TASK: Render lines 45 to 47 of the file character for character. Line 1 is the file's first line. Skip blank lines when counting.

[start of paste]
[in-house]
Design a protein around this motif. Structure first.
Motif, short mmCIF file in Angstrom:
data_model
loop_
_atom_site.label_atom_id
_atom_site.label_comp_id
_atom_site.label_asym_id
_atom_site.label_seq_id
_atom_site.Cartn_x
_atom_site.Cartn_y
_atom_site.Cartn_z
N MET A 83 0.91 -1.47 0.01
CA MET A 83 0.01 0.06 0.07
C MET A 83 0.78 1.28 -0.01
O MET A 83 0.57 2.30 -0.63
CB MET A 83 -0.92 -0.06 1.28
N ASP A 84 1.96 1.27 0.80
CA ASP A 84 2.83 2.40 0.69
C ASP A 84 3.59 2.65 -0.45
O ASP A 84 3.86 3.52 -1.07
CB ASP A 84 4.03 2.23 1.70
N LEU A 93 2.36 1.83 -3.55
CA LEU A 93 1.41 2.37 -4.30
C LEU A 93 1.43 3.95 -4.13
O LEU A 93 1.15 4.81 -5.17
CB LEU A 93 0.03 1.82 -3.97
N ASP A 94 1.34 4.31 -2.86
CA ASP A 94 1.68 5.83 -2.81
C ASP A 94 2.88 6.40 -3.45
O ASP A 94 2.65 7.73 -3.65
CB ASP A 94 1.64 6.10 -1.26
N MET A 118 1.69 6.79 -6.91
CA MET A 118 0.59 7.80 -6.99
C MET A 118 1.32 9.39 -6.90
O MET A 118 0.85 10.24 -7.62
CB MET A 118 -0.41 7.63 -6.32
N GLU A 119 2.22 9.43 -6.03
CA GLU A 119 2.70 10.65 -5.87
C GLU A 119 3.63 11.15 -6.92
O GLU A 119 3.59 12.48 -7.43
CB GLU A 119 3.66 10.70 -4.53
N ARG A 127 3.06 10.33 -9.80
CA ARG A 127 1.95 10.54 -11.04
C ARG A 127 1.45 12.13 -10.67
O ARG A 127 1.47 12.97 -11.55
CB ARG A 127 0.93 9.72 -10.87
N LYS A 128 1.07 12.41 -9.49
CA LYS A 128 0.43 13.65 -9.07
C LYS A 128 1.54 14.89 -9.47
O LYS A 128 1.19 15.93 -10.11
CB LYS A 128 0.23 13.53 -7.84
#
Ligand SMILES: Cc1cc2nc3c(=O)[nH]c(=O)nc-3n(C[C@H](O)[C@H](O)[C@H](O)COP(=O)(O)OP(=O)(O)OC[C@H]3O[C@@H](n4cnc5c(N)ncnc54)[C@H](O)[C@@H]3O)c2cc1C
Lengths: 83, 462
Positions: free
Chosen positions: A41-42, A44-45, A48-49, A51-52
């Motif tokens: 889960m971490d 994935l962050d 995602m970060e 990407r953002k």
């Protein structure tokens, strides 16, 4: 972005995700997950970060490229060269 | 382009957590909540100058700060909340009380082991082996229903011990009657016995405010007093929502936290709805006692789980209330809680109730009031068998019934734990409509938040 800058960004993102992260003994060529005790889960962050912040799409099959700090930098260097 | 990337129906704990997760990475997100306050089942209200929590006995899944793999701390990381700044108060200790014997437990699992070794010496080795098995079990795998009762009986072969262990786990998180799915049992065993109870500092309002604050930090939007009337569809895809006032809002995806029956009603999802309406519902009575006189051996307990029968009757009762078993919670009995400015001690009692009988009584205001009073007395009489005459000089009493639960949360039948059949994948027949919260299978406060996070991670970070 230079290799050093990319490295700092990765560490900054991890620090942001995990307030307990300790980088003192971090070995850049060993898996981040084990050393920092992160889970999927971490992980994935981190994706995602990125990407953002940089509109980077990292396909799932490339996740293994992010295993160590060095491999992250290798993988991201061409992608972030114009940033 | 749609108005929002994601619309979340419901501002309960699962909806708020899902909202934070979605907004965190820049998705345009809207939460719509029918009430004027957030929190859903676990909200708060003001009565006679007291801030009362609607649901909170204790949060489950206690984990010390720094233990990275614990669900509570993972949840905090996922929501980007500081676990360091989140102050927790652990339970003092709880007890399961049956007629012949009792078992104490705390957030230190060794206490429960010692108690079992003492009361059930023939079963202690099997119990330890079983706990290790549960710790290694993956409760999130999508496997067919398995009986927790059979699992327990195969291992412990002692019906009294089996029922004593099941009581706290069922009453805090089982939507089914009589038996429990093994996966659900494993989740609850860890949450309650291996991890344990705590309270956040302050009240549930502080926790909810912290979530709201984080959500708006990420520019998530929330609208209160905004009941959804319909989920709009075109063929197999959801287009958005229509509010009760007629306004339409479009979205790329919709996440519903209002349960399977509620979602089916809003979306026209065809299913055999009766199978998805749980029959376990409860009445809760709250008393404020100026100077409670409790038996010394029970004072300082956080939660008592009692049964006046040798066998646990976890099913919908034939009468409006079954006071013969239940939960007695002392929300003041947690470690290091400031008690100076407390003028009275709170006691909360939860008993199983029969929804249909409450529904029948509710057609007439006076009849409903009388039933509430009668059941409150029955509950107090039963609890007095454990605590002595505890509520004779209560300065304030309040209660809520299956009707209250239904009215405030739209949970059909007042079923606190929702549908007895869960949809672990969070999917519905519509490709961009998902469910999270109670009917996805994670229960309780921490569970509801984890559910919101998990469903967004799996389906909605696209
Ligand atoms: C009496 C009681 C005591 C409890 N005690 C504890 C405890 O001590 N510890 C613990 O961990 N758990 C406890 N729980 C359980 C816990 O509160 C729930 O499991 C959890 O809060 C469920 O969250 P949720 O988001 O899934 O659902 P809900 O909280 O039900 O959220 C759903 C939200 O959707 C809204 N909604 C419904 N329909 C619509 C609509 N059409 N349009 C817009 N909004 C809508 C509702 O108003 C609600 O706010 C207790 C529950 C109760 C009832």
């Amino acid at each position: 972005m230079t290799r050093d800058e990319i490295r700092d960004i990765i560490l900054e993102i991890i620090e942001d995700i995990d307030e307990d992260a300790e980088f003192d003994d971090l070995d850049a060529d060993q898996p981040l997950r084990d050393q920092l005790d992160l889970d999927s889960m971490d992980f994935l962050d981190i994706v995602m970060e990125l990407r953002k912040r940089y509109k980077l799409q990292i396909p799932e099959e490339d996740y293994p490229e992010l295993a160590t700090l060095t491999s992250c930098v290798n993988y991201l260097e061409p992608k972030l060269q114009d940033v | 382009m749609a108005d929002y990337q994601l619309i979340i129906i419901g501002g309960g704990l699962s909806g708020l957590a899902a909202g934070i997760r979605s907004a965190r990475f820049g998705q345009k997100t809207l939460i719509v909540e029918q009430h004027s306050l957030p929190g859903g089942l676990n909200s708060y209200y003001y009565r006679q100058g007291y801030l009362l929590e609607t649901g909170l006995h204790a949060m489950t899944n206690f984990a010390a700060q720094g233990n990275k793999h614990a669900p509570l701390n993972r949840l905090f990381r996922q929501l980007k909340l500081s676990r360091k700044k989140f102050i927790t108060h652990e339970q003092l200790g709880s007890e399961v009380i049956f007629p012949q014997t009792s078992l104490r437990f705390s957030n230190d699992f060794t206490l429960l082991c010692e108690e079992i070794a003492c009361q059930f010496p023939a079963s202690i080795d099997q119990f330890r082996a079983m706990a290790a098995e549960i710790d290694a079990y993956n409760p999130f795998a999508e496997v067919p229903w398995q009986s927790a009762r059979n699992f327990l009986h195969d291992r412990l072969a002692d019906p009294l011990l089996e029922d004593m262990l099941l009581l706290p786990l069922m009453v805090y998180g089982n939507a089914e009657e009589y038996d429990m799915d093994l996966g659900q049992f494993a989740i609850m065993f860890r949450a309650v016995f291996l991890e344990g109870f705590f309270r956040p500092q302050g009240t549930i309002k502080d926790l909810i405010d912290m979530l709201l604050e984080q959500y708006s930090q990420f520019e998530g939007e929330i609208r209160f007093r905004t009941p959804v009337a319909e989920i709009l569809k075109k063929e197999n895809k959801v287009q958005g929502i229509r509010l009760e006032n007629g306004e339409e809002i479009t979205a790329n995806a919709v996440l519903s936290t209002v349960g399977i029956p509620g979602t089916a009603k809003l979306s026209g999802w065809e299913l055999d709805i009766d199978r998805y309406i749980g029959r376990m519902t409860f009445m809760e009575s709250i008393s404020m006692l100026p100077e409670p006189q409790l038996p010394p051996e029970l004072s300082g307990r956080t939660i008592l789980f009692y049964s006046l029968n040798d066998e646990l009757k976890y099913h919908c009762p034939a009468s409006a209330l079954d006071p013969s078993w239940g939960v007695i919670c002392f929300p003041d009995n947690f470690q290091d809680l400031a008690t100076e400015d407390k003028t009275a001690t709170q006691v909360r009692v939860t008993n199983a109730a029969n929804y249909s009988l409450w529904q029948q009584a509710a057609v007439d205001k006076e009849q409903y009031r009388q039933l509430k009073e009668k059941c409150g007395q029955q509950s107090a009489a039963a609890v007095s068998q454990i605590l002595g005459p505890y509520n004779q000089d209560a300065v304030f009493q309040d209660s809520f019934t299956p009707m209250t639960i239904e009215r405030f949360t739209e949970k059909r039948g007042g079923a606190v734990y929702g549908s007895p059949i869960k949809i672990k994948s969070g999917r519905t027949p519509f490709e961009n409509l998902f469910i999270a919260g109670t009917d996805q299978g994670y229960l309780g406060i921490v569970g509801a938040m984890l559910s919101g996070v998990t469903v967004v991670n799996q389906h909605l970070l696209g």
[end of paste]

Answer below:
C ARG A 127 1.45 12.13 -10.67
O ARG A 127 1.47 12.97 -11.55
CB ARG A 127 0.93 9.72 -10.87